Eating good food (full of nutrients) regularly can give you the energy you need to undertake your day-to-day activities, as well as the extra energy needed for socializing or exercising.

Could you make some simple changes to your daily routine to boost your energy levels?

Top energy-boosting tips

1. Don’t skip breakfast

By the time you wake up in the morning your body has been without food for many hours, so it will need some fuel to recharge. Eat breakfast to re-fuel and to stop your energy levels from dropping even further during the morning. Breakfast will give your body an immediate energy boost and give you a good start for the rest of the day.

Good breakfast choices include:

  • a bowl of breakfast cereal with semi-skimmed milk and a 150ml glass of fruit juice – try to choose a breakfast cereal that is high in fibre and low in sugar and salt
  • porridge made with semi-skimmed milk and topped with fresh or dried fruit
  • a boiled egg with toast and a banana
  • fruit smoothie

2. Eat regularly

Try to eat three meals a day and top-up with healthy snacks between meals if you start to get peckish. Lunch3

Healthy snacks include:

  • Fruit – choose fresh, dried, canned or frozen
  • Flavoured yoghurt or milk
  • Cereal bar or oatcakes
  • Fruit buns, fruit loaf or malt loaf

3. Eat foods rich in iron

Eat iron-rich foods so that the body can make haemoglobin, the red pigment in our blood, which carries oxygen to cells around the body. Females need more iron than males.

Iron-rich foods include:

  • red meat – such as beef or lamb
  • breakfast cereals – many cereals have iron added (see the nutrition panel on the cereal box)
  • dried fruit – such as apricots and raisins
  • nuts and seeds – such as cashews and almonds
  • lentils, peas and beans – including baked beans

4. Keep well hydrated

If you sweat during everyday activities, such as shopping or childcare, this loss of fluids could cause dehydration. Sweat during exercise will certainly cause dehydration if the lost fluids are not replaced.

By the time you feel thirsty you are already dehydrated. Everyone should drink 6-8 glasses (1.2 litres) of fluid each day to avoid dehydration – more will be required during hot weather or exercise. Choose quick and easy drinks like water, tea, coffee, semi-skimmed milk, or sugar-free fruit squash to avoid dehydration. It’s not necessary to drink sports drinks if you are participating in activity. Fruit juice mixed with water, well diluted fruit squashes or juice drinks provide hydration and energy.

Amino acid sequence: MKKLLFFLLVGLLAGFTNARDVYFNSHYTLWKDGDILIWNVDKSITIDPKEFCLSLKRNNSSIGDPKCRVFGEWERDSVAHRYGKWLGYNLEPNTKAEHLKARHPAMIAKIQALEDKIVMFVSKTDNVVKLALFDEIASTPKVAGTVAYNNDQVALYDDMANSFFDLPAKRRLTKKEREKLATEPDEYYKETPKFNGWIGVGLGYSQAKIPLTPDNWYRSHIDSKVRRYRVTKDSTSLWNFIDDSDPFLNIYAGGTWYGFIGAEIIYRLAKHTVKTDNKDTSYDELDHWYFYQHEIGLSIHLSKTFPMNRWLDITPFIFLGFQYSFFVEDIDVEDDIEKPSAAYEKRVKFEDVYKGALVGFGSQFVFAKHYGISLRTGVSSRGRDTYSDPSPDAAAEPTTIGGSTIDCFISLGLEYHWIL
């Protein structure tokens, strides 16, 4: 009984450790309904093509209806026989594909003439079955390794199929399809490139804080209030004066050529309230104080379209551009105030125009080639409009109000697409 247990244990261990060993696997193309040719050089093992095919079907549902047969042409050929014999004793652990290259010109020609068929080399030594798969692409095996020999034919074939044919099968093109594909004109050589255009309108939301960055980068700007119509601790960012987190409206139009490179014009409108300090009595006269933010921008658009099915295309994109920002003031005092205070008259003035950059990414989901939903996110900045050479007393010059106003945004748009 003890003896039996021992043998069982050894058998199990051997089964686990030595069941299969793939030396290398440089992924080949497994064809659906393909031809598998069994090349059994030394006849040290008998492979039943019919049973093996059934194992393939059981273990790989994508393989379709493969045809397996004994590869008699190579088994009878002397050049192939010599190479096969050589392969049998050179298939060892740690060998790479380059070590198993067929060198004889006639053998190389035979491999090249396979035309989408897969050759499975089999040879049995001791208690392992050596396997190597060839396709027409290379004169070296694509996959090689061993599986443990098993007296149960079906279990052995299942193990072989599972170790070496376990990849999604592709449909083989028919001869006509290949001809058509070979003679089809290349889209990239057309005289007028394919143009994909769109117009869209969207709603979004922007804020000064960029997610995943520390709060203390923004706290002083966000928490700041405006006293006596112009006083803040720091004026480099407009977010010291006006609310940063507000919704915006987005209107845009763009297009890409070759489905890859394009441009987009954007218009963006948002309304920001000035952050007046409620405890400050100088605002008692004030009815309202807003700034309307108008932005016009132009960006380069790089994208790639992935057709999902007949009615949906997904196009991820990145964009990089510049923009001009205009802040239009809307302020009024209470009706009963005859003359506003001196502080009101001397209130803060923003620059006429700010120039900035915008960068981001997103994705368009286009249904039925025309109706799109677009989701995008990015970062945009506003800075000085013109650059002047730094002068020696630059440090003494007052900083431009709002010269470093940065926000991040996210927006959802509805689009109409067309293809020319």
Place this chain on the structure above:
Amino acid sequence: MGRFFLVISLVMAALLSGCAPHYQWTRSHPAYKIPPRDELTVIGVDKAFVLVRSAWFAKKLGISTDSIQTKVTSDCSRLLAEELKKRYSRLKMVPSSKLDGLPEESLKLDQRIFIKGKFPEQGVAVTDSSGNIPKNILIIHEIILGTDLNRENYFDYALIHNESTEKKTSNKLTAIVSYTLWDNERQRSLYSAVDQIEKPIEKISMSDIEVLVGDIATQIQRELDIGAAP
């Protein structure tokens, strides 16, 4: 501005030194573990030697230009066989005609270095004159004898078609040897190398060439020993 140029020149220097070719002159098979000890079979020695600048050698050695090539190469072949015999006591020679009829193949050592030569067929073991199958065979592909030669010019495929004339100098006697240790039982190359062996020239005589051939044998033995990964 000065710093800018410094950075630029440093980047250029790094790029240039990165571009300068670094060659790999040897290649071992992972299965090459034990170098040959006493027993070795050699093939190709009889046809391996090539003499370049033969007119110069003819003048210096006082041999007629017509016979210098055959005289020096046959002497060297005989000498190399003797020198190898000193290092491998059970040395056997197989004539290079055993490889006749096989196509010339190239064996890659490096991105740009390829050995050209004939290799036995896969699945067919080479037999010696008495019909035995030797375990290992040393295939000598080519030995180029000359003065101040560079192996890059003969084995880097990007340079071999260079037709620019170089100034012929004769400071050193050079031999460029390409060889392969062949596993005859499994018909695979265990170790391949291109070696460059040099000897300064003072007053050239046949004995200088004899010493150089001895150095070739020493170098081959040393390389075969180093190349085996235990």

Making just a few simple changes to your daily routine could provide you with all of the energy you need for each and every busy day in your schedule.

Enjoy Good Food for Good Health

Easy ways to get your 5-a-day

In case you have hidden under a rock for a few years, I will mention the recommendation that we eat at least 5 portions of fruit and vegetables  each day for good health. To make it clear that’s 5-a-day in total – such as, two fruit and three veg.

A portion is about the size of a handful or a tennis ball (80-100g) – such as an apple, banana or 6 brussel sprouts. A portion for a child is the size of their handful (perhaps a golfball size).To make sure that we get a variety of nutrients, 5-a-day also means eating 5 different fruit and veg each day and 5 differently coloured fruit and veg (like strawberries, apricots and spinach). Potatoes give us energy and so are not counted as one of our 5-a-day.

To meet the 5-a-day target, try to eat fruit or veg for most meals and snacks. There are so many choices and so many ways to include fruit and veg in your diet – here are a few examples:

  • Try to start the day with some fruit – I like to have a banana or a few dried apricots with my morning coffee
  • Breakfast – sprinkle a tablespoon of dried fruit onto your cereal (instead of sugar), have sliced banana on toast (delicious with a drizzle of honey), mix fruit into some yoghurt, make a smoothie, or have some juice
  • Morning snack – try carrots or celery with homous or guacamole (these dips also count towards your 5-a-day)
  • Lunch – try to include some salad or vegetables – choose soup with vegetables, munch on some cherry tomatoes, have a juice or smoothie, or finish with some fruit
  • Afternoon snack – chopped or dried fruit with some nuts (nuts contain protein so will help fill you up until dinner time)
  • Dinner – try to include salad, vegetables or finish with some fruit

Choose fruits and vegetables that you like and that you would be happy to eat regularly. Remember that canned, frozen and dried fruit and vegetables count towards your 5-a-day, and these are good choices which may overcome concerns about the prices or wastage of fresh fruits and veg.